You have probably noticed that Joe and I tend to write about different topics. What interests me the most, I absorb more quickly, have a greater depth of knowledge, and am more passionate to share with others. The same is true for Joe. Our complementary hobbies have given us the opportunities to focus on different things.
Our Separate Interests
If you want to know about pressure canning soup or have a question about why your chicken laid an egg without a shell, I’d be the one more likely to be able to help you. If you want to know the comparative differences between a Ruger LCP .380 and a Kel-tec, you’d better ask Joe. I carry the former, am a competent shot with it, but I had to get it out and look at it to remember what model it was- it’s just “not my thing.”
So, is that okay?
Hmmmm…. for a while maybe.
Ideally, everyone in your group should be cross-trained in all aspects, but in reality, that is hard to do for several reasons.
- Time is running out. Do you feel the same sense of urgency that I do? There is SO MUCH to learn and I feel like there aren’t enough hours in the day to absorb it all.
- Not everyone will. You may have some people that will be part of your group that are unwilling to do some things (butcher the meat for dinner) or are just not gifted in an area (you don’t want the nervous klutz on guard duty).
- Situations change over time. It’s hard to anticipate right now all the needs you may have later on. It’s a good idea to identify people with varying knowledge and skills now and build a good relationship. You may come to rely on each other heavily in the future. (I wish we had a nurse or doctor really close. I would like to get training, but that goes back to #1).
- You may be the only in your family preparing at all. It can be mighty hard to convince loved ones of their need.
- You don’t know who all may end up with you when the time comes. In theory, we probably all plan to limit who we will take in for reasons of space and resources, but we all probably also know on some level, that we would be hard pressed to turn away someone just because we didn’t anticipate them (for example, are you going to tell your daughter, when she shows up with her roommate, that her friend can just hike back across country to her own family?).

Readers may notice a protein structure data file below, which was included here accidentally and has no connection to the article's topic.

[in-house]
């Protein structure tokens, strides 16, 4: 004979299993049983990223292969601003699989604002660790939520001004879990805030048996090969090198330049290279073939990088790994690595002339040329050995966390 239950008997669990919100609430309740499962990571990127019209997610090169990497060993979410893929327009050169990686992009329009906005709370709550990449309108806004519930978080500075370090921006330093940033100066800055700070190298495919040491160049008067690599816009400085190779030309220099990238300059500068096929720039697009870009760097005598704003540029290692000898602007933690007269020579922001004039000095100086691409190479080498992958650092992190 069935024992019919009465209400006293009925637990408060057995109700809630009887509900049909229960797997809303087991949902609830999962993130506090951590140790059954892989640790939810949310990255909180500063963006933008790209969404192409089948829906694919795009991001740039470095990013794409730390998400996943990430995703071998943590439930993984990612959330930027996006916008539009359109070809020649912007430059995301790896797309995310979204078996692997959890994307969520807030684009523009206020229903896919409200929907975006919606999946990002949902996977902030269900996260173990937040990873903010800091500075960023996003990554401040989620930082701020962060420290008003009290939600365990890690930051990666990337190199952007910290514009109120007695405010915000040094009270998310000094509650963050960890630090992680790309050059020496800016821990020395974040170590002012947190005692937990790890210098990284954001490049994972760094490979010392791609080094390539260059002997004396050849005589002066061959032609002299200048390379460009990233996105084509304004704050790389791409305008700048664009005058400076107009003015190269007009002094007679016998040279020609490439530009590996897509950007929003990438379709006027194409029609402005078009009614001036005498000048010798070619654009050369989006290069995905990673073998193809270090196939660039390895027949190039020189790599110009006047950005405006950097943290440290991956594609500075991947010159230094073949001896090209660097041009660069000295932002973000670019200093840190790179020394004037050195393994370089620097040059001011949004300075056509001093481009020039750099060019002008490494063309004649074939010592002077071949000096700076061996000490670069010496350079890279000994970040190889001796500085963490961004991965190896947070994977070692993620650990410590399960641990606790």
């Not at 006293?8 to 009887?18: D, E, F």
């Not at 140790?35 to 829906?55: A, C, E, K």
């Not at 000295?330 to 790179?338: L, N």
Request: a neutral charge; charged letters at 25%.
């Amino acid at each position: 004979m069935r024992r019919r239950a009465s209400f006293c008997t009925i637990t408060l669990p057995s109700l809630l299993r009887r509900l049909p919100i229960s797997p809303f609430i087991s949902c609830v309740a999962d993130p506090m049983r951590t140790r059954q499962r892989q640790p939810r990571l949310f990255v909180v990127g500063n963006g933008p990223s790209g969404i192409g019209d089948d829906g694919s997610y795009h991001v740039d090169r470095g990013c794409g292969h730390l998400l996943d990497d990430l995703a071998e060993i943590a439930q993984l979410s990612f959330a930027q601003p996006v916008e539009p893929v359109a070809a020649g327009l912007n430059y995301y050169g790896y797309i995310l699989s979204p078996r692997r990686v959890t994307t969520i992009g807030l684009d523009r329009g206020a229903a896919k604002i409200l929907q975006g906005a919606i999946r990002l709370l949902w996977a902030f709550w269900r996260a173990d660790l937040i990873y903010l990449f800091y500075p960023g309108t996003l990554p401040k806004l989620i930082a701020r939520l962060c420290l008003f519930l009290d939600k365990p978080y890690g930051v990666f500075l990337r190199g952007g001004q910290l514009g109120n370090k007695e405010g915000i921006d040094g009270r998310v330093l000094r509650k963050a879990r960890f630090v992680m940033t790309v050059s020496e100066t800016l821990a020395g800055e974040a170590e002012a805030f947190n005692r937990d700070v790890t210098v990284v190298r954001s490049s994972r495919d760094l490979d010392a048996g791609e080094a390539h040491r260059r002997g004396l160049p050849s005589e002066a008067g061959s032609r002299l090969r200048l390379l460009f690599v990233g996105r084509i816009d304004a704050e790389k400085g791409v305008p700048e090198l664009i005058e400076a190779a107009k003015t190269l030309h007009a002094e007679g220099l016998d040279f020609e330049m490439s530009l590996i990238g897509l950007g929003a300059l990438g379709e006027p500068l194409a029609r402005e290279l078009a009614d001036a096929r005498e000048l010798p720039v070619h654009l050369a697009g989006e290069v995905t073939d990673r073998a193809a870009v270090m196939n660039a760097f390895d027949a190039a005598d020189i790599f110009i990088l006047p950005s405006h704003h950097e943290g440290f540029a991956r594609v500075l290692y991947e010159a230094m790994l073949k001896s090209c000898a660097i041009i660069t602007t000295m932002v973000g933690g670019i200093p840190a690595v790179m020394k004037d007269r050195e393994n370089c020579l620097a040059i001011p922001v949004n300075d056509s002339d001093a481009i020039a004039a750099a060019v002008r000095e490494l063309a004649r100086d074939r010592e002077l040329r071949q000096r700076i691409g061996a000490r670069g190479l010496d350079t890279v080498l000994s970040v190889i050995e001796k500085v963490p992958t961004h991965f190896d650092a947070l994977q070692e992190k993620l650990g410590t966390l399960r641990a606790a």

The Bigger Plan
So far, Joe and I have pretty much tried to “divide and conquer” the knowledge and skills that need to be acquired so that at least one of us can do/find/identify etc what needs to be done. But we also know that we need to be teaching each other more as we go (I need to learn how to tie all those knots he is trying to teach you too).
We should also be passing these skills and information on to our children as part of their training. We aren’t talking about diagramming sentences- these are life skills. Every child should be learning how to cook, what to do if they are lost, and how to grow or find food.
- What if Joe needs to make a several day hunting trip? I will still need to know how to operate all our weapons so I can defend the home while he is gone.
- What if I am sick or injured? Joe will need to know how to convert the staples in mylar bags into edible, palatable meals.
- And, we don’t like to think about it, but what if you or your spouse passes away? At least one other person needs to know what each of you knows.
How are you managing the acquisition of knowledge and skills within your own family or group? Are you being systematic about it? This may be a good time to sit down and list your needs and try to get at least one person to commit to first, specialize in it and, second, teach the rest.